I Did NOT Have Steroids with that Trainer (NY Times Does PR)

So, the NY Times had a piece on Sunday that questioned the steps Roger Clemens took to defend his reputation against allegations that he took steroids: Clemens Faces Dangers of Spin in Steroid Case.

 
The article lined up a coterie of spinmeisters and lawyers, who pointed out that Roger was bucking conventional crisis management tactics like "issue a brief prepared statement" and "limit your public comments."
 
"In my view, you have to make a contrary impression as soon as the news comes out," said Barry Langberg a lawyer who represented [celebrity clients] in defamation suits…"And then you shield the person from direct confrontation…"
 
Langberg and Marina Ein, a crisis-management consultant based in Washington, said they would have strongly advised against Clemen’s appearing on "60 Minutes" last Sunday…They tell their clients to assert their innocence, outrage and commitment to fight the charges under oath only in a brief written statement, rather than in the more uncontrollable forums…."
 
I dunno, not sure I agree and I feel some of the commentary in the article is overly legalistic (although I am not a lawyer and agree that there is a valid argument for limiting legal exposure and liability).
 
The article was about PR and spin.  If you want to bring in legal implications and metaphors, why not talk about the good sense of the accused speaking out in their own defense?
 
It is generally assumed that defendants who don’t take the stand at their trials have something to hide.  Granted, there is no trial – at least not yet – but there is a congressional inquiry, and, anyway here we talking about the court of public opinion.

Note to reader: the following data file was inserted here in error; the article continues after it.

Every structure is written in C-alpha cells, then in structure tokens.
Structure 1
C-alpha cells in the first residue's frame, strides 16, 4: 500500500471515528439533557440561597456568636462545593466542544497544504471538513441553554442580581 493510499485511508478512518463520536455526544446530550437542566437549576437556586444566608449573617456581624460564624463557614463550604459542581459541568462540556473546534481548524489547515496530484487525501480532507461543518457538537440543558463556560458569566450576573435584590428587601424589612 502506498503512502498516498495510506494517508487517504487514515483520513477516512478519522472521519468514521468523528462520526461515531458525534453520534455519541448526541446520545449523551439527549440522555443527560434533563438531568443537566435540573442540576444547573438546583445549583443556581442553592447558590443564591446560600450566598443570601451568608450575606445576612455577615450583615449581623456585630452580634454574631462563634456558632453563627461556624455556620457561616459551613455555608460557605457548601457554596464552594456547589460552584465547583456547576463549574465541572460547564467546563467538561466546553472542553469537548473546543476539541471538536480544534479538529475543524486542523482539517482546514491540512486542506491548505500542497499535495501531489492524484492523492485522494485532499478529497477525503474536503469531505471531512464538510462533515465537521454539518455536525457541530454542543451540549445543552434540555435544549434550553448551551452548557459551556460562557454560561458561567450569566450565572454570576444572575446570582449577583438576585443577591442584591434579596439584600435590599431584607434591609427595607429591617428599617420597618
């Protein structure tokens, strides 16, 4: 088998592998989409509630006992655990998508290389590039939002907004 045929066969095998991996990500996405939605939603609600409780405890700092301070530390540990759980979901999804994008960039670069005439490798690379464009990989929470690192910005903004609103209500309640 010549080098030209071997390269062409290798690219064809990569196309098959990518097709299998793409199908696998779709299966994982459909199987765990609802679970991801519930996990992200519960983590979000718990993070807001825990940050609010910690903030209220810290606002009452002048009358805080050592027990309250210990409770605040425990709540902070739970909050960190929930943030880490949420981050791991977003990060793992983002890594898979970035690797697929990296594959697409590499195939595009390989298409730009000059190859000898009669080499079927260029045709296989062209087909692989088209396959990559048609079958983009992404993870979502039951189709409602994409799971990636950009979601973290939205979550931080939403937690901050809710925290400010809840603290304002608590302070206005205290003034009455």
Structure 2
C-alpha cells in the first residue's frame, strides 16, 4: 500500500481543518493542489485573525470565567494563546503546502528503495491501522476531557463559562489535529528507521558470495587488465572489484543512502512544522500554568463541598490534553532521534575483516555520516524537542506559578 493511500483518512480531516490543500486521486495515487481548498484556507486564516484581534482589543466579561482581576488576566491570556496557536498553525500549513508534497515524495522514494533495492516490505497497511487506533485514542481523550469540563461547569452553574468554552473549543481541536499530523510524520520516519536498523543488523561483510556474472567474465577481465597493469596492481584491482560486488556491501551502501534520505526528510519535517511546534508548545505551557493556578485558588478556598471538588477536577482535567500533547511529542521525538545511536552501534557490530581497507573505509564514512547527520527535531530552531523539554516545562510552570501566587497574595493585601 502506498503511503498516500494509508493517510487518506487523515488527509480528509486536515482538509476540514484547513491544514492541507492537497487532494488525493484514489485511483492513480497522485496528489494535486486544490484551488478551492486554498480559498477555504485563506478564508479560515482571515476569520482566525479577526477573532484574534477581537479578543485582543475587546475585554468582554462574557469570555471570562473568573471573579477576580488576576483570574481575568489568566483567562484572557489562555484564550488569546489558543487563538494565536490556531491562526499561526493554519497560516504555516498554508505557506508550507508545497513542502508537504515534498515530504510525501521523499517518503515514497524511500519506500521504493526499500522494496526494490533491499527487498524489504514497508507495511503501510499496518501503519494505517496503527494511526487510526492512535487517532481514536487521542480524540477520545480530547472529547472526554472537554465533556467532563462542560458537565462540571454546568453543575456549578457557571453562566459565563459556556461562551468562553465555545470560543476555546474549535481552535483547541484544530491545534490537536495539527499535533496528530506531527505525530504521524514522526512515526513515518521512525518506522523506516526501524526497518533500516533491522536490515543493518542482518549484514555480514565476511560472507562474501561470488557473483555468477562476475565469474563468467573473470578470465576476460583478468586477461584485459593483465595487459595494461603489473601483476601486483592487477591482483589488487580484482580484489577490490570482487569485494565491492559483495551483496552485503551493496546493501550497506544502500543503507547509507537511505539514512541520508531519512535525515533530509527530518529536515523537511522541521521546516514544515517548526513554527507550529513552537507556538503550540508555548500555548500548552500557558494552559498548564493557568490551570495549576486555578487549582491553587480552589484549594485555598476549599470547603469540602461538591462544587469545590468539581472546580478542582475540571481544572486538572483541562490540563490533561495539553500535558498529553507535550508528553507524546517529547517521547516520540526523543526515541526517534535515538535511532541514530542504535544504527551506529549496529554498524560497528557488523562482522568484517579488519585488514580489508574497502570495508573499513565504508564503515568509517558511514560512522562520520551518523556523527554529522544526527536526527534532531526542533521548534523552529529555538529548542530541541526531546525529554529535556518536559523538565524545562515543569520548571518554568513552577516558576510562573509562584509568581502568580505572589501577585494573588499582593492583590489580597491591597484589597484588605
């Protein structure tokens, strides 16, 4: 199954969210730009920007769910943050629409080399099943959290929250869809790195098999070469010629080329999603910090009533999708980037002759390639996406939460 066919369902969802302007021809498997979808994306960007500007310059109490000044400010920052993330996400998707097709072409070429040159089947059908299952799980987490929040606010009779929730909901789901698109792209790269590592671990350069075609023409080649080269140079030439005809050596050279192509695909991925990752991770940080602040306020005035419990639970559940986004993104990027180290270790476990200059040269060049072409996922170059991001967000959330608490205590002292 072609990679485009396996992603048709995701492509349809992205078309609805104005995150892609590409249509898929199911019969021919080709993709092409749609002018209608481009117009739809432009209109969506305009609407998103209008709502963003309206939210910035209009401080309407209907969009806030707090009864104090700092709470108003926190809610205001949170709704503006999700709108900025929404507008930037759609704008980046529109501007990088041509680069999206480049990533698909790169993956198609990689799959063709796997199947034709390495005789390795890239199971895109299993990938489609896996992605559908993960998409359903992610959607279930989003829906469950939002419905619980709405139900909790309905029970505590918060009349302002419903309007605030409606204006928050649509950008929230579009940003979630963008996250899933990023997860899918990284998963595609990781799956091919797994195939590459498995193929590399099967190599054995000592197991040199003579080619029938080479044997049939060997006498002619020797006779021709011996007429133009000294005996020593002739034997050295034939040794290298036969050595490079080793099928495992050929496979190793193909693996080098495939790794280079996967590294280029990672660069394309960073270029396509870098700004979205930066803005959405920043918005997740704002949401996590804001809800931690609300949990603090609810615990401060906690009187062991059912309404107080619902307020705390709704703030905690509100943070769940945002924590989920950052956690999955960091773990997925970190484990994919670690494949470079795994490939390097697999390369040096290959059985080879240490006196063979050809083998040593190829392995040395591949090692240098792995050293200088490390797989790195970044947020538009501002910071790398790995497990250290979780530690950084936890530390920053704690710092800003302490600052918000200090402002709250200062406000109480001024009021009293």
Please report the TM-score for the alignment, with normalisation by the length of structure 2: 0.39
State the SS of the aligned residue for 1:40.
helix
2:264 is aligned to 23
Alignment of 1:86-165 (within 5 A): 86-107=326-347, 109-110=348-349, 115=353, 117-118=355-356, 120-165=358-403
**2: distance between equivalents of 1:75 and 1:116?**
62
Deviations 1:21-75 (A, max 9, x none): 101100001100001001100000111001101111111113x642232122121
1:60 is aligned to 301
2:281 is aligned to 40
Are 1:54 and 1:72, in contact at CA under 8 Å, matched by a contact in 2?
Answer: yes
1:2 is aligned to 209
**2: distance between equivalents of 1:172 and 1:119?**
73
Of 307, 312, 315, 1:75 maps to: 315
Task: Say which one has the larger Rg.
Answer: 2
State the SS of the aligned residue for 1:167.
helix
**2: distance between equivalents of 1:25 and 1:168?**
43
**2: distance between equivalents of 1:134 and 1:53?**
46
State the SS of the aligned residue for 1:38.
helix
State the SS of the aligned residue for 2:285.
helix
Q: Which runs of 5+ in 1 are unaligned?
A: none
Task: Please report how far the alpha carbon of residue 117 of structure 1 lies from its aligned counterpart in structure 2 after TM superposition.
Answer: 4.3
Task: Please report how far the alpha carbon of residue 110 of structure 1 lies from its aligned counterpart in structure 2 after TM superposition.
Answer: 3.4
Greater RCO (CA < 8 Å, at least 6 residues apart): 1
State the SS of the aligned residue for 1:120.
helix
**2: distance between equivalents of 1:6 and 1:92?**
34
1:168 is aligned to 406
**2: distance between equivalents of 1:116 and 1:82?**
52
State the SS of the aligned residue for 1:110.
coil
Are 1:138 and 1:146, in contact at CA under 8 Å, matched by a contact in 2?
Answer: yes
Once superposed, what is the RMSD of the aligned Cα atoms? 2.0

I saw the 60 Minutes piece and thought that Roger sounded very sincere.  The Times piece and others have pointed out inconsistencies, or problems with the broadcast as well as follow on tactics like the press conference in which he shared the call that he covertly recorded with McNamee to little effect.
 
Look at it this way, regardless, most people will think he, and all others accused are guilty – as Dan Rather pointed at, there is no obvious reason for McNamee to lie – so there is little to lose with a full court press, even though Roger appears to be a loose cannon.  This actually adds to his credibility IMHO.  I don’t know the facts of course, but to me and I am sure many others, the anger and self righteousness appear to be genuine and I think gave him a net gain for handling it the way he did.
 
And 60 Minutes is both highly visible and as American as Mom and Apple as far as being the news forum of record when it comes to trying to set the record straight.

What do you think?

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